Today is a guest post dealing with issues of bi-musicality with respect to the role it plays in the life of the marvelous guitarist from Calgary: Brett Gunther. I first met Brett when he was starting a Master’s program at University of Calgary, then sometime last year I began noticing him posting pictures from various pop music venues with bandmates. I started thinking about the relationship many of us classical guitarists have with popular music. Since I have never had the band experience it seemed natural to ask questions of someone who had. The questions I posed to him were: 1] what changes do you notice in your classical guitar practice [playing of teaching] that result from your experience  working in in another musical context i.e.  a pop music band? and 2] in what ways has you classical background helped/hindered your growth as a popular musician? The following is Brett’s response: Both of these questions are difficult to answer: both styles have been a part of my life since I’ve been playing guitar.  In many ways I’ve found myself feeling almost embarrassed about my background as a popular musician when I’m performing in classical music circles and audiences, and I’ve had the exact same feeling playing in bands in bars and clubs trying to explain to people that I play, perform, and study classical music as well, trying to explain to them why it’s just as fascinating and exciting to me. I think it's easier to understand my interest in both worlds by first considering myself as a music lover before ever considering myself a musician.  I hadn’t been playing guitar long, perhaps only a couple of years, before I started playing in band with friends.  At the same time I was already studying classical guitar quite seriously with a teacher.  Through playing with bands I was very quickly introduced to the “all ages” music scene in Calgary and exposed to non-mainstream music and musicians in these sort of sub culture scenes and venues that were very far removed from what was being played on radio and television. As my interest in seeking out non-mainstream music was developing, I was getting exposed to classical guitar compositions that I quickly realized were a sub culture of classical music itself.  Going to a classical guitar concert was just as obscure and off the beaten path as going to see some independent punk or hardcore band.  The term DIY (do it yourself) was always thrown around in the punk rock scene, but when a performer is playing a concert with nothing but a guitar and a chair to and audience of 20 people in a rented out church… DIY can you get!? I think my entire musical life has been really just looking for the next “fix” and everything I listen to sends me down another path wondering what else is out there.  Right now I have to say that I’m spending most of my time listening to Glenn Gould, and complete collections of orchestral compositions from figures such as Mahler conducted by Bernstein and Bruckner conducted by Karajan, and then trying to enrich my playing on our funny little instrument with this in my ear.  Will I ever find that feeling I got when I first heard the Serenade for Horn, Tenor, and Strings by Britten with Peter Pears’ voice, or the chills I got hearing Ives’ 2nd Piano Sonata?  What about the first time my dad put Led Zeppelin IV on the turn table or time I saw my first punk rock show with I-Spy?  Or how about the first time I heard Segovia play Ponce’s Sonata Romantica and Tarrega’s Recuerdos de la Alhambra? I realize this is becoming a bit of a long answer, but I think it’s the only way I can really explain how both are part of my life.  I wish many more people would discover classical music for themselves, and I wish many more classical musicians could go a little out of their way to discover ‘popular music’ outside of the mainstream.  I certainly don’t mean to say that I’ve balanced both worlds or have all the answers, or even come close to listening to it all but I’ll certainly try, just like I’ll try to figure out how to play guitar one of these days! So to answers both of these questions all I can say is that I firmly believe that both worlds have enriched my playing on either side of things.  I could say some long boring things about how one has improved my technique, while the other has improved my ear (could be either one by the way), and although maybe at times I’ve felt that I’ve needed to identify with one over the other I think I’ve settled on the fact that both are a part of my life. I will be posing more questions to Brett in the future, and wish to thank him for his generous response.” - William Beauvais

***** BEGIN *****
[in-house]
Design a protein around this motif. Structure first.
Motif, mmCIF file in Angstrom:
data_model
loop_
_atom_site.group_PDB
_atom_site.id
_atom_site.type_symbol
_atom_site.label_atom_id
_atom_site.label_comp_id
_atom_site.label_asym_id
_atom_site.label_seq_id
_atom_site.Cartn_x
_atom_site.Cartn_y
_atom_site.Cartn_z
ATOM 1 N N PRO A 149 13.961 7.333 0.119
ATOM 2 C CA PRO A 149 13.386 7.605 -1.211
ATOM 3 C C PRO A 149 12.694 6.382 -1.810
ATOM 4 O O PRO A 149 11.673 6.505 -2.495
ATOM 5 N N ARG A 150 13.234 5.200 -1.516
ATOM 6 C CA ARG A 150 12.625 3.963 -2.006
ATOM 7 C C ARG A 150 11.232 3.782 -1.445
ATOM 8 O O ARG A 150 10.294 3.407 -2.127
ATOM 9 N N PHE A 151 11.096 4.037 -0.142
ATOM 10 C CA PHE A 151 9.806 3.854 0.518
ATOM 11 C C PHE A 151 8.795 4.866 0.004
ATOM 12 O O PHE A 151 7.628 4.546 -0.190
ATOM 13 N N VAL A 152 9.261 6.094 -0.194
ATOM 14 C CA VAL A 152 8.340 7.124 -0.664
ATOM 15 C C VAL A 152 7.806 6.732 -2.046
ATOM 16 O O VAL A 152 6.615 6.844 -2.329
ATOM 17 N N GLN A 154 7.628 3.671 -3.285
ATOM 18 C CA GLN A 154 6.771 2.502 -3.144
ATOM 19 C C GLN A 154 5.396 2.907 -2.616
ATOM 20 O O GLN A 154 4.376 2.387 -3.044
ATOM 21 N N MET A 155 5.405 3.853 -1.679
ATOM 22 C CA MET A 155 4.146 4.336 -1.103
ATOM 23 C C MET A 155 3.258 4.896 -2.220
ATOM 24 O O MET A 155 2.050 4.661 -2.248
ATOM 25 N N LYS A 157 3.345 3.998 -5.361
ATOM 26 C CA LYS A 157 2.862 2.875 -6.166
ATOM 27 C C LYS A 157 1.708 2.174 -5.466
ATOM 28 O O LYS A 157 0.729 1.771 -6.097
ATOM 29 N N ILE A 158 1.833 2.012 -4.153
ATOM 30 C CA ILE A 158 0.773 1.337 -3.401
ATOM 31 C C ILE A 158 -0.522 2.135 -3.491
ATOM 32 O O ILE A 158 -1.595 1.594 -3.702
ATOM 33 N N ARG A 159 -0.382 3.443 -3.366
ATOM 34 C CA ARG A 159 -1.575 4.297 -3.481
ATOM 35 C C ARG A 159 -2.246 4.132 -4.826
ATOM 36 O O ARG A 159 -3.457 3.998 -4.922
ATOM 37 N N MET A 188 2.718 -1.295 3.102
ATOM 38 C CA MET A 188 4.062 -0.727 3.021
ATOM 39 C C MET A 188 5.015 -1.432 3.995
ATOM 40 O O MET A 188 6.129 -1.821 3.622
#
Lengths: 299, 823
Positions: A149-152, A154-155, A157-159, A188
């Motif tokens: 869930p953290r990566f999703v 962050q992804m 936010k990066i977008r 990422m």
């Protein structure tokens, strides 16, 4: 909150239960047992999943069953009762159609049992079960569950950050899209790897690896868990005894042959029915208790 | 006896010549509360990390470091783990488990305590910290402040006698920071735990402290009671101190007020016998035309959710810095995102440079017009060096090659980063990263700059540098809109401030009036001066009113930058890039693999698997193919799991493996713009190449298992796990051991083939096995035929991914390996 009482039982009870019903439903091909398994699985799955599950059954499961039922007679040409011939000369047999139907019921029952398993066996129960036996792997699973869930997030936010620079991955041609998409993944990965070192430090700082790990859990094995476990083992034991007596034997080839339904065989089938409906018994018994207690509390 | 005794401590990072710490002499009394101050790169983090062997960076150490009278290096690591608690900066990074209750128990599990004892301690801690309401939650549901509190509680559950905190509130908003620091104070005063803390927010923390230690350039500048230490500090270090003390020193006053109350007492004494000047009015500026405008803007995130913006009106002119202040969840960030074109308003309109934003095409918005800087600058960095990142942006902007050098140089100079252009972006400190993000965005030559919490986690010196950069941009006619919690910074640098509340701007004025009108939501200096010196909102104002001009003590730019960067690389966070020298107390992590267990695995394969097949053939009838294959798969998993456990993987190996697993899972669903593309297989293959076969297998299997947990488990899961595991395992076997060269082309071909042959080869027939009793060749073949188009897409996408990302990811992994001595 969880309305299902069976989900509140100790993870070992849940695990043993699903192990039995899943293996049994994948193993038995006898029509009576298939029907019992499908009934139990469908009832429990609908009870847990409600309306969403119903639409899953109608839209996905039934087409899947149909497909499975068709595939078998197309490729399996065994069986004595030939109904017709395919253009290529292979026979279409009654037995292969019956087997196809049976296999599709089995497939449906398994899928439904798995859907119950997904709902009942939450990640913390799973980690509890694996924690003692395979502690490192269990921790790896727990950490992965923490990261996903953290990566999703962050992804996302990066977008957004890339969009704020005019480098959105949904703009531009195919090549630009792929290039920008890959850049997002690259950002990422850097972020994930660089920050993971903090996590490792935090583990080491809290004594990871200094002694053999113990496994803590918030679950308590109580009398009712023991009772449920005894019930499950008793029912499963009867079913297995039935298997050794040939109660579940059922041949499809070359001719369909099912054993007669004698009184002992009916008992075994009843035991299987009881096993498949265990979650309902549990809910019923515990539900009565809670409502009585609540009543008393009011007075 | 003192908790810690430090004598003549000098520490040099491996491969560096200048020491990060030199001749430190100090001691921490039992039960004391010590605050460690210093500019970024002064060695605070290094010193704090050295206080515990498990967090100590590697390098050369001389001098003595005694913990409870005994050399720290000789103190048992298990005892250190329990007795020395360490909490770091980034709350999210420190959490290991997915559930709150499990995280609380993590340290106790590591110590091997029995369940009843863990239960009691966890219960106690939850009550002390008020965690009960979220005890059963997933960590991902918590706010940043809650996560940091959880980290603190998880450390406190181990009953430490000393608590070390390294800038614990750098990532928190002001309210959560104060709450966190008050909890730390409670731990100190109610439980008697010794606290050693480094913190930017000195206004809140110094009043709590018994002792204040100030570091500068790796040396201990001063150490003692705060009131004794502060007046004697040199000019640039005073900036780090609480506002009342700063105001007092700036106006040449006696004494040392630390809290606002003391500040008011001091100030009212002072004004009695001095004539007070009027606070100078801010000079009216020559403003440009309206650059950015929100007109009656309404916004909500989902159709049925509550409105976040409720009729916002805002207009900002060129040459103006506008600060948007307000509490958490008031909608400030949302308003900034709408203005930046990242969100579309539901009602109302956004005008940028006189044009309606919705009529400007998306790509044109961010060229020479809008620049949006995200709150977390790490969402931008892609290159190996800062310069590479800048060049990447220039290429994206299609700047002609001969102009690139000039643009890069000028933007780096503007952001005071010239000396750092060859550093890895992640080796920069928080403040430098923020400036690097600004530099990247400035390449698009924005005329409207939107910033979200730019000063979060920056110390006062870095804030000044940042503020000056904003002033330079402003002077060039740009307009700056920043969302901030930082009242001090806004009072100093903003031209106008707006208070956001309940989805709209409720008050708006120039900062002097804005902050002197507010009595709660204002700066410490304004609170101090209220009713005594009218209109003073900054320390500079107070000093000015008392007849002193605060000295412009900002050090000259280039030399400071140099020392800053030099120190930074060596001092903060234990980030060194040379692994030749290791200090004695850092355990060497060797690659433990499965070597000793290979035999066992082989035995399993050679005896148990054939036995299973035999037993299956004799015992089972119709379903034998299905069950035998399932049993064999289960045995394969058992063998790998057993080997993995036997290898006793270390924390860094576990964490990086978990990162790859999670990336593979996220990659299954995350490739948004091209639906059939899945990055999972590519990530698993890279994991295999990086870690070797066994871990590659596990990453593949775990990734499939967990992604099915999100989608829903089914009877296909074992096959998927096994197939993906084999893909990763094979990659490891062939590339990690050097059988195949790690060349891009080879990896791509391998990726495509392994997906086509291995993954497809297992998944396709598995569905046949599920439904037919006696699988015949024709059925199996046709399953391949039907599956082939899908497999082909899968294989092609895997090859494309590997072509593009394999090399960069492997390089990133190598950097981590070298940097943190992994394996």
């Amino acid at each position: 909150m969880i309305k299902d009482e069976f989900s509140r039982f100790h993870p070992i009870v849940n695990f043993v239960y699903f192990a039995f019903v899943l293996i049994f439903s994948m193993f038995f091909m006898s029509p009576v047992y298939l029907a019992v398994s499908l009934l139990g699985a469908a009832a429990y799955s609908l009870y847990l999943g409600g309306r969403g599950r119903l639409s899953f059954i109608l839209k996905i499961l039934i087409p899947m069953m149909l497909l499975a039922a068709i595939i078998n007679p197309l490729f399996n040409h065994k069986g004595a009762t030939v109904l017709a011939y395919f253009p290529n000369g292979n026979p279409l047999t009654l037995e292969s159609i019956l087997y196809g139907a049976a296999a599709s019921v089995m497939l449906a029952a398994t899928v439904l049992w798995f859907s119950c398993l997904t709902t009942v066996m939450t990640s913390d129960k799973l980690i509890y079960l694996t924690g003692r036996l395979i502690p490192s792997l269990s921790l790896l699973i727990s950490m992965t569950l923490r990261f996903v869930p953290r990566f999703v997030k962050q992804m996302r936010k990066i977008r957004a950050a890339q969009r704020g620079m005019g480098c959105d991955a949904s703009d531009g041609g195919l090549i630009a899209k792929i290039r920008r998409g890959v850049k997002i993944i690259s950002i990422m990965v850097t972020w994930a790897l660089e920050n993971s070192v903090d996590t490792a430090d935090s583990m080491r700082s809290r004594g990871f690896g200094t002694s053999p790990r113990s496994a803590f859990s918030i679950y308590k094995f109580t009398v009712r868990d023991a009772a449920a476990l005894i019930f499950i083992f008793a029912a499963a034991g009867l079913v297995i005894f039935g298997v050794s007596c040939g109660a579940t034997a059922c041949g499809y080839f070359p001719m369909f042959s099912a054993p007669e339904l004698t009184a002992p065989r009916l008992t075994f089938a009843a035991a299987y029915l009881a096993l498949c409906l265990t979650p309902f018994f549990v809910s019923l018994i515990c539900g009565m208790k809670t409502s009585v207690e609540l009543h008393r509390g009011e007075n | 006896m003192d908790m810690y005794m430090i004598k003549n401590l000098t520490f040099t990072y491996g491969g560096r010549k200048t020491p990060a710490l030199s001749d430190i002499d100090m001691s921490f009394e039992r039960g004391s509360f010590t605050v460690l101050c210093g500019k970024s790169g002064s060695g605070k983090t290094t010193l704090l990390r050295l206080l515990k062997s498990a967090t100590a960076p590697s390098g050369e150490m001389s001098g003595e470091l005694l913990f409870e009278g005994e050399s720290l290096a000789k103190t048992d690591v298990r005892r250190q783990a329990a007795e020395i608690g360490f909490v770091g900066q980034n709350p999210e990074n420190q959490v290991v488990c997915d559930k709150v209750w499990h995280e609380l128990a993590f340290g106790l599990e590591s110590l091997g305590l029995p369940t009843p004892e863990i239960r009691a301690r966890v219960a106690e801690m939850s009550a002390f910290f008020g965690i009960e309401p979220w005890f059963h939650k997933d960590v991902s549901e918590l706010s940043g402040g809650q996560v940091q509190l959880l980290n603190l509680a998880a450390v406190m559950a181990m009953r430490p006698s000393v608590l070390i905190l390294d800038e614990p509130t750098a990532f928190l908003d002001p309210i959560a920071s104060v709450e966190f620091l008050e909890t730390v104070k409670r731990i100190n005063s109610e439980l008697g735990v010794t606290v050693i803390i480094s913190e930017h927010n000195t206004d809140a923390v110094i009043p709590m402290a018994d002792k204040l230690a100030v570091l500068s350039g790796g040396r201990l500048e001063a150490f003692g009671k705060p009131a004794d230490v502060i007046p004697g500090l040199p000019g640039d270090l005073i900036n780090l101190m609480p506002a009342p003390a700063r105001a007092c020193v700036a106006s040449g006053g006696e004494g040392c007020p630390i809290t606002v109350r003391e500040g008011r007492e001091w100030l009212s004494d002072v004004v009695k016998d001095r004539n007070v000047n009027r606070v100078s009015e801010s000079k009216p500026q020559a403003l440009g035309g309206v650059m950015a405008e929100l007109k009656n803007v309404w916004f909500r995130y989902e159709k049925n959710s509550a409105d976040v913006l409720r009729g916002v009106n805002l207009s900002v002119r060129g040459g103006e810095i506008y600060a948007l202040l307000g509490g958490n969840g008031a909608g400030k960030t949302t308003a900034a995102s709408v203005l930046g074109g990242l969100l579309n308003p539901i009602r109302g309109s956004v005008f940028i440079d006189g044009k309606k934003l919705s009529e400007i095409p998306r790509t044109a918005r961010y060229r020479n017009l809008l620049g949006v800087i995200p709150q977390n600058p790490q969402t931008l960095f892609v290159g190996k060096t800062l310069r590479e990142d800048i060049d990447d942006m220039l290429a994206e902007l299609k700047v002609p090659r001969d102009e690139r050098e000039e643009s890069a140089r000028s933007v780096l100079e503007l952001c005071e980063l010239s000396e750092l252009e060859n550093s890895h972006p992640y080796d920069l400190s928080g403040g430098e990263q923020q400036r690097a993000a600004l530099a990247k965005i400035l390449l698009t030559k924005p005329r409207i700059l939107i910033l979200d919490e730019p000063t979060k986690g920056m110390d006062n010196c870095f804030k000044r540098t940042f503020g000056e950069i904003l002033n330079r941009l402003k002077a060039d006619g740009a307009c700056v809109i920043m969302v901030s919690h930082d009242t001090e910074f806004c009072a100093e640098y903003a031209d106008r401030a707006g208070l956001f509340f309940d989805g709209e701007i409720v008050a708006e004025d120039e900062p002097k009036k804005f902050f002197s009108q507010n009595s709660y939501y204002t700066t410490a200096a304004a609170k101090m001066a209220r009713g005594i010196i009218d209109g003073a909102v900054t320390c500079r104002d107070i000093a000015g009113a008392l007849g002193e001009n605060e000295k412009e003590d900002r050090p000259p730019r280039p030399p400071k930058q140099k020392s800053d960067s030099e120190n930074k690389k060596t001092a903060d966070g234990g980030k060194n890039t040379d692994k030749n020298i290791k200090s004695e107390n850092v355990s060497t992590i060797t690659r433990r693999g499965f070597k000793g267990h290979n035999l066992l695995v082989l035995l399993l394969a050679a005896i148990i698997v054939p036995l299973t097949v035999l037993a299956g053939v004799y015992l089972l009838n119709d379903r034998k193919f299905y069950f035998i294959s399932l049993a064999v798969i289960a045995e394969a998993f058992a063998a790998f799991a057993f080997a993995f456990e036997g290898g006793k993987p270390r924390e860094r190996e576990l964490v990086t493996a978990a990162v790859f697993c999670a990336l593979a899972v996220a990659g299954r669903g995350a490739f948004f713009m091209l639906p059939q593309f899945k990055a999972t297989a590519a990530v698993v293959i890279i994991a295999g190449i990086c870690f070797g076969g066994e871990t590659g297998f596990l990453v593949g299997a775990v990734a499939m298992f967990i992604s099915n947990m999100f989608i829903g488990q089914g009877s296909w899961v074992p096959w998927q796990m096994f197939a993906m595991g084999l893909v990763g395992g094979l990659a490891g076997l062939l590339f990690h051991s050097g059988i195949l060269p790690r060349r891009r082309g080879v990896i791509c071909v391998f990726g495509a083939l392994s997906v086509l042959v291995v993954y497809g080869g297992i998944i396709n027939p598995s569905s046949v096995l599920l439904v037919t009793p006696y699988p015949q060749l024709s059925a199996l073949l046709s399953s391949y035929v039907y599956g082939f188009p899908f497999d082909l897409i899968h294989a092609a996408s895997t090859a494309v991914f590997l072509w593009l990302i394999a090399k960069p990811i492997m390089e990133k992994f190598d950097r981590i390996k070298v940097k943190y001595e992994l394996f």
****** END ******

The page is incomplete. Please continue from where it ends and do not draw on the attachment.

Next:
Brett Gunther – Guitar MusicWebsite: brettgunther.comListen to samples or Buy: Guitar Music (via Amazon) For those of you who don’t know Brett Gunther, he is a great guitarist and educator on faculty over at Mount Royal University-Conservatory in Calgary, Alberta. He is also the artistic director of the Calgary Classical Guitar Society. I was just in Calgary last November adjudicating and stayed with Brett which was a treat. He kindly gave me a copy of his CD while I was there. Actually, I was curiously hovering over it at a concert as the cover photo is him sitting on the edge of the stage of the Alix Goolden Hall of the Victoria Conservatory where I teach! This recording is from a few years ago (2012) so it’s not a new release, but hey, it’s my blog so I can review whatever I want right? Repertoire:Junto Al Generalife (Rodrigo)Nocturnal (Britten)Un Sueno En La Floresta (Barrios)Song to the Mother (Moller)Rito De Los Orishas (Brouwer)Fantasia On Themes from Verdi’s La Traviata (Tarrega)Koyunbaba (Domeniconi) Gunther gives a solid performance on all the works but the highlights for me were the Brouwer and the Domeniconi. The Brouwer is a well known piece but not recorded as often as the other works on the album. This track impressed me due its combination of virtuosity and overall mood. With all the twists and turns, insistent motifs, and usual Brouwer “slur it up” extravaganzas it doesn’t come off as all frills. Brett’s performance gave me the chills and made this the most convincing work on the album (which, by the way, I would rarely say of any Brouwer). Fantastic work Brett. Nocturnal after John Dowland, Op. 70 by Benjamin Britten (1913-1976) was composed in 1963 for guitarist Julian Bream and is one of the guitar repertoire masterpieces. Here Brett’s solid playing is expanded with some nice atmospheric colours. In particular, the slower movements such as Musingly are perfectly paced. Restless, Uneasy, and Dreaming also display a great sense of mood and musical direction.  I thought some of the faster movements could have benefitted from a quicker tempo or could have been more extroverted..something. Overall a good performance of this large set of reverse variations. The other works offer more of the guitar canon. The Rodrigo has Spanish flare and Brett pulls it off nicely including some quick and beautiful tremolo moments, interweaving dark motifs, and impressive dance and scale work. The Barrios has some sweet and touching moments and a beautiful tremolo performance as well. The Tarrega is well played and phrased with all the Romantic bells and whistles. The Domeniconi is wonderfully executed. I guess I should say it is the true highlight of the album because it’s so well played here. I hear it so often that I sometimes don’t want to write about it. Nevertheless the presto is blazing fast and super impressive. There are also some great rock-like shots in there. [Brett, we should exchange metal riffs next time I’m in Calgary!] The recording quality is pretty ‘live’ sounding which I sometimes prefer over the studio close mic that beefs of up the bass. But it’s a touch bright on occasion. That said, it’s clear which is good. The colour variations in the Britten were well captured which is another plus.  This is the sound you can expect from your average debut album these days and it works just fine. Actually, on the Domeniconi I think the recording quality actually enhanced it, sounded like my old Ravi Shankar recordings. As a debut recording this is a fantastic success. Gunther plays some of the guitar’s most beloved works and showcases his versatility as a skilled player. The Brouwer comes off as a refined artistic expression and listeners will be impressed with his musicality and sense of space and direction in the Britten, Moller, and Domeniconi. Guitarists out there will be interested to hear his solid performances of the Rodrigo, Barrios, and Tarrega. The Domeniconi is super impressive and provides all the flash and momentum one could want. This recording is from 2012 so I already know that the next recording will be a big step up from this one but Gunther can be proud of this enjoyable debut. Brett Gunther is one of Western Canada’s finest guitarists and I eagerly await his next release.” - Bradford Werner

This Is Classical Guitar